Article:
Gina Maranto's laudable article ("Delayed Childbearing," June Atlantic) recommends that "America put its money where its mouth is on family values." I couldn't agree more. But we need to go even further than she suggests. Though it appears otherwise, the career-family dilemma is beyond the realm of the individual woman employee. Maternity leave, parental leave, and excellent child care are all essential supports if family values are to be taken seriously. In addition, work itself needs to be restructured. Felice Schwartz got clobbered for suggesting special treatment for mothers, but unless corporate America can comprehend that the well-being of the next generations will determine the fate of our nation ("economy" might be more meaningful), nothing will change. Although some shifts are occurring, the individualistic, competitive nature of career advancement makes it difficult for talented, competent, responsible women to take time off for childbearing if they have an interest in advancement. They can't have babies and guard their territory at work too.

Work assignment by project, rather than the traditional up-the-ladder approach, would help, as would tax breaks for child care and other family-related expenses. The emphasis should be on a woman's competence to accomplish her assignments, not her seniority or ability to fence off her empire. I understand that people who choose a career over children resent the inconvenience of motherhood (or fatherhood) on the job, and I can see their point. However, to deal with the deep problems facing both business and families, we need to take a bigger, more creative view of the workplace. If talented women could have babies in their twenties and know that they weren't hopelessly off the career track, it would be an easier decision for them.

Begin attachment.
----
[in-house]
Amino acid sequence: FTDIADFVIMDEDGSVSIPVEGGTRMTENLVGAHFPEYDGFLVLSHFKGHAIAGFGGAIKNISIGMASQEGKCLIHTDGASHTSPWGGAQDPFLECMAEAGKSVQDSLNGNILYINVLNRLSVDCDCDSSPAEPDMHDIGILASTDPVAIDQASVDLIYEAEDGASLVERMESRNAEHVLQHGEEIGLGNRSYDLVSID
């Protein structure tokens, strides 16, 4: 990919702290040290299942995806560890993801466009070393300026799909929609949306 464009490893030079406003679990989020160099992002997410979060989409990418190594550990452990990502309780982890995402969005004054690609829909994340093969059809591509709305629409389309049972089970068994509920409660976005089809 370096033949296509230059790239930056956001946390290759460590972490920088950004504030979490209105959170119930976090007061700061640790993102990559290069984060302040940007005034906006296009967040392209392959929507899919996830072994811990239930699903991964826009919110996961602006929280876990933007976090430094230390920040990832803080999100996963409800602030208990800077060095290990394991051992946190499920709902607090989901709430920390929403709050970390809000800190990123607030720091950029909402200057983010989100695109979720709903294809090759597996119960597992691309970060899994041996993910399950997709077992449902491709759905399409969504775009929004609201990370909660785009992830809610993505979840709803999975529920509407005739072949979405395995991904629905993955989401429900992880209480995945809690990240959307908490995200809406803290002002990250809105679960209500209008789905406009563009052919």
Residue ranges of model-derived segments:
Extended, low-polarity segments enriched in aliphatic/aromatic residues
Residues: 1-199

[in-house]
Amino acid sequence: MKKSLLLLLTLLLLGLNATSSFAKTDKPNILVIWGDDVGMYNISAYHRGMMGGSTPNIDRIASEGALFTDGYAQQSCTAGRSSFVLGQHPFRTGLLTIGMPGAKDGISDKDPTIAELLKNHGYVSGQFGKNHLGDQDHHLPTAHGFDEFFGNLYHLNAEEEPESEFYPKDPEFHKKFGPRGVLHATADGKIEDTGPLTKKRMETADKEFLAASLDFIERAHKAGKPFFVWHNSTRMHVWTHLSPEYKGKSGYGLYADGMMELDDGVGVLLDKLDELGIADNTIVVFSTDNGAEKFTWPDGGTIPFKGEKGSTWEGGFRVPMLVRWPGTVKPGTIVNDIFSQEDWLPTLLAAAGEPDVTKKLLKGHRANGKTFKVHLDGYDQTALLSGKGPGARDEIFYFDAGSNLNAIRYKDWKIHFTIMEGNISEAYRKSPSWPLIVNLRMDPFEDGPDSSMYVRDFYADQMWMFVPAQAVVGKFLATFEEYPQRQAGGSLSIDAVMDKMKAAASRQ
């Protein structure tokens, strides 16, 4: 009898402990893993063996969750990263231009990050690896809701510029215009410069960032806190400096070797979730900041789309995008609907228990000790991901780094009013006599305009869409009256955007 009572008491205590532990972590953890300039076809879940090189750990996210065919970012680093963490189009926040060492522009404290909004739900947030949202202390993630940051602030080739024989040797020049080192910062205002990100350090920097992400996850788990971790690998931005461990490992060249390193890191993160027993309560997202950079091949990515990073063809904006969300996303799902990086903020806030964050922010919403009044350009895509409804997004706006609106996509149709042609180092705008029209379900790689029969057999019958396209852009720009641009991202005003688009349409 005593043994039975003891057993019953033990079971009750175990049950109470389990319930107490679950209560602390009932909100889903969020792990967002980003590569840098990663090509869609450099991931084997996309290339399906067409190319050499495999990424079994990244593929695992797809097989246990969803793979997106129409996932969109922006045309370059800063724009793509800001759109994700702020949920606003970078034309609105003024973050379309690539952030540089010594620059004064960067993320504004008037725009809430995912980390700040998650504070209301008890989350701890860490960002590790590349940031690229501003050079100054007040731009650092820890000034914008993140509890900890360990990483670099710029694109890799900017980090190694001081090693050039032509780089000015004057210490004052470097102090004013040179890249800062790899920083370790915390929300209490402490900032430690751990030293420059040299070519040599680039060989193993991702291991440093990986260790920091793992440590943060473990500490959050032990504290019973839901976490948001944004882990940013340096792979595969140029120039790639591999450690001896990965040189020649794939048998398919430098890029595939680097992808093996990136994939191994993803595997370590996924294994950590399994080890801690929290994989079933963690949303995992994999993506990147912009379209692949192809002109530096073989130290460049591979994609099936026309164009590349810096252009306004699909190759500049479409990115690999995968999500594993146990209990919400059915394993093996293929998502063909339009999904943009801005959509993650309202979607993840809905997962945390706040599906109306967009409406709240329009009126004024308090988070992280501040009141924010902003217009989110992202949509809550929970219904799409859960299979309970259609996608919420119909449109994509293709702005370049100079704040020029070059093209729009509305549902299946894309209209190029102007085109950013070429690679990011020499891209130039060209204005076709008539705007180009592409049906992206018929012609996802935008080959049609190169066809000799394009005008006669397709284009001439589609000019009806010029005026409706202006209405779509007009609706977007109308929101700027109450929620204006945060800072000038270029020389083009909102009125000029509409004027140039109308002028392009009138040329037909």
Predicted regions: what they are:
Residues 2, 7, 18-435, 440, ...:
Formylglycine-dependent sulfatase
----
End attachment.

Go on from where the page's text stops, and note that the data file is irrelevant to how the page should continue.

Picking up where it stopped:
Nina Boyd Krebs

As a former infertility patient and a woman who waited "too long" to conceive, I was struck by the following sentence in Gina Maranto's article: "In the bulk of cases, infertility specialists have found, older women who fail to become pregnant using embryos made with their own eggs succeed when the eggs come from a younger donor."

My question is, Can this possibly be true? To me, the word "bulk" implies a majority, and a substantial one at that. Is this what Maranto actually means to say?

The practice we used, Marrs/Vargyas, in Santa Monica, California, told us last year that their success rate stood at 36 percent (though recently it has been running at 58 percent), and I know that Mark Sauer also had a success rate of 36 percent for several years there. A 36 percent take-home-baby rate, while high, does not, to me, constitute the "bulk" of patients. One person I know, a forty-two-year-old woman who is currently pregnant courtesy of donor eggs, says that her physician's rate is now over 50 percent.

Does Gina Maranto have any idea what the actual rate is?

Catherine Johnson

Calling on "society" to enable women to delay careers instead of their childbearing sounds nice but will not get the job done.

Let's face it: If they could, employers would eliminate most employee-rights laws, including the Family and Medical Leave Act's limited unpaid leave. They tend to look to short-term profit rather than to the long-term benefits (even financial ones) of a happier and more stable work force.

The exemplary paid family-and-medical-leave policies of European countries did not come about because one employer took the lead and others followed. Politicians created them through laws. In such an environment employers eventually adjust to make similar profits, but only when everyone else is required to follow the rules also.

The only way "society" can eliminate delays in childbearing is to cause delays in the re-election of our representatives in Washington who oppose eliminating them. Until then it is all just talk.

Saving Social Security